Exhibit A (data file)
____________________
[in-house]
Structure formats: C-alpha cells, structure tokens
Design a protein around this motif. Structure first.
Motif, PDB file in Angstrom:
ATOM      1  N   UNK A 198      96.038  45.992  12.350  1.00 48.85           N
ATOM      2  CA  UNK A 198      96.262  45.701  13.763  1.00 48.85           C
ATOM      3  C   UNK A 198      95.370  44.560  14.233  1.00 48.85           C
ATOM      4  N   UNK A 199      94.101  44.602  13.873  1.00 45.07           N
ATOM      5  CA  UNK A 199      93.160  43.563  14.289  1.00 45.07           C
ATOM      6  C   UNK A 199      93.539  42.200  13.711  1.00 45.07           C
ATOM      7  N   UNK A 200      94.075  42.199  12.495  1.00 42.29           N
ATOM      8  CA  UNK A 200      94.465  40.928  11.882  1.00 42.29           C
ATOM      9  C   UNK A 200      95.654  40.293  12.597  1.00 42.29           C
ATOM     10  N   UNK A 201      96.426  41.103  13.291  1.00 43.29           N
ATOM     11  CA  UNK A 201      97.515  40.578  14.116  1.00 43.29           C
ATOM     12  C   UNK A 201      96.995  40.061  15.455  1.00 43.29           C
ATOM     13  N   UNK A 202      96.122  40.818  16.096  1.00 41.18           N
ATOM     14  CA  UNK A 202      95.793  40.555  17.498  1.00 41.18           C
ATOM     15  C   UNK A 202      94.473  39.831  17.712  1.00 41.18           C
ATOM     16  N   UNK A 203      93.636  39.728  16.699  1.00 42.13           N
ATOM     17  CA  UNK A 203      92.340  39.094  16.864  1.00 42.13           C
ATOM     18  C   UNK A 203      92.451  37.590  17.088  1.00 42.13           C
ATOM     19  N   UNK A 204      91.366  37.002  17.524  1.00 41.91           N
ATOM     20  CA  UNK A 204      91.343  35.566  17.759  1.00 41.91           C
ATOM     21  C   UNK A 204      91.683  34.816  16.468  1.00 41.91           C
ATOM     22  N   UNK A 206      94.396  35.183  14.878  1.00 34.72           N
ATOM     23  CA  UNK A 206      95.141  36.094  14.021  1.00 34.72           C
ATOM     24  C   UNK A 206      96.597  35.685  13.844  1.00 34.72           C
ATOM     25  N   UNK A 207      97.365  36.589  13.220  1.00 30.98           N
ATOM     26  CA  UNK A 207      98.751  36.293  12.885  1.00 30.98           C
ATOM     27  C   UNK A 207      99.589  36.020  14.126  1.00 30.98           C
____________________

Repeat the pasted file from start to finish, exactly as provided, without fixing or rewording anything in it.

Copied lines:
[in-house]
Structure formats: C-alpha cells, structure tokens
Design a protein around this motif. Structure first.
Motif, PDB file in Angstrom:
ATOM      1  N   UNK A 198      96.038  45.992  12.350  1.00 48.85           N
ATOM      2  CA  UNK A 198      96.262  45.701  13.763  1.00 48.85           C
ATOM      3  C   UNK A 198      95.370  44.560  14.233  1.00 48.85           C
ATOM      4  N   UNK A 199      94.101  44.602  13.873  1.00 45.07           N
ATOM      5  CA  UNK A 199      93.160  43.563  14.289  1.00 45.07           C
ATOM      6  C   UNK A 199      93.539  42.200  13.711  1.00 45.07           C
ATOM      7  N   UNK A 200      94.075  42.199  12.495  1.00 42.29           N
ATOM      8  CA  UNK A 200      94.465  40.928  11.882  1.00 42.29           C
ATOM      9  C   UNK A 200      95.654  40.293  12.597  1.00 42.29           C
ATOM     10  N   UNK A 201      96.426  41.103  13.291  1.00 43.29           N
ATOM     11  CA  UNK A 201      97.515  40.578  14.116  1.00 43.29           C
ATOM     12  C   UNK A 201      96.995  40.061  15.455  1.00 43.29           C
ATOM     13  N   UNK A 202      96.122  40.818  16.096  1.00 41.18           N
ATOM     14  CA  UNK A 202      95.793  40.555  17.498  1.00 41.18           C
ATOM     15  C   UNK A 202      94.473  39.831  17.712  1.00 41.18           C
ATOM     16  N   UNK A 203      93.636  39.728  16.699  1.00 42.13           N
ATOM     17  CA  UNK A 203      92.340  39.094  16.864  1.00 42.13           C
ATOM     18  C   UNK A 203      92.451  37.590  17.088  1.00 42.13           C
ATOM     19  N   UNK A 204      91.366  37.002  17.524  1.00 41.91           N
ATOM     20  CA  UNK A 204      91.343  35.566  17.759  1.00 41.91           C
ATOM     21  C   UNK A 204      91.683  34.816  16.468  1.00 41.91           C
ATOM     22  N   UNK A 206      94.396  35.183  14.878  1.00 34.72           N
ATOM     23  CA  UNK A 206      95.141  36.094  14.021  1.00 34.72           C
ATOM     24  C   UNK A 206      96.597  35.685  13.844  1.00 34.72           C
ATOM     25  N   UNK A 207      97.365  36.589  13.220  1.00 30.98           N
ATOM     26  CA  UNK A 207      98.751  36.293  12.885  1.00 30.98           C
ATOM     27  C   UNK A 207      99.589  36.020  14.126  1.00 30.98           C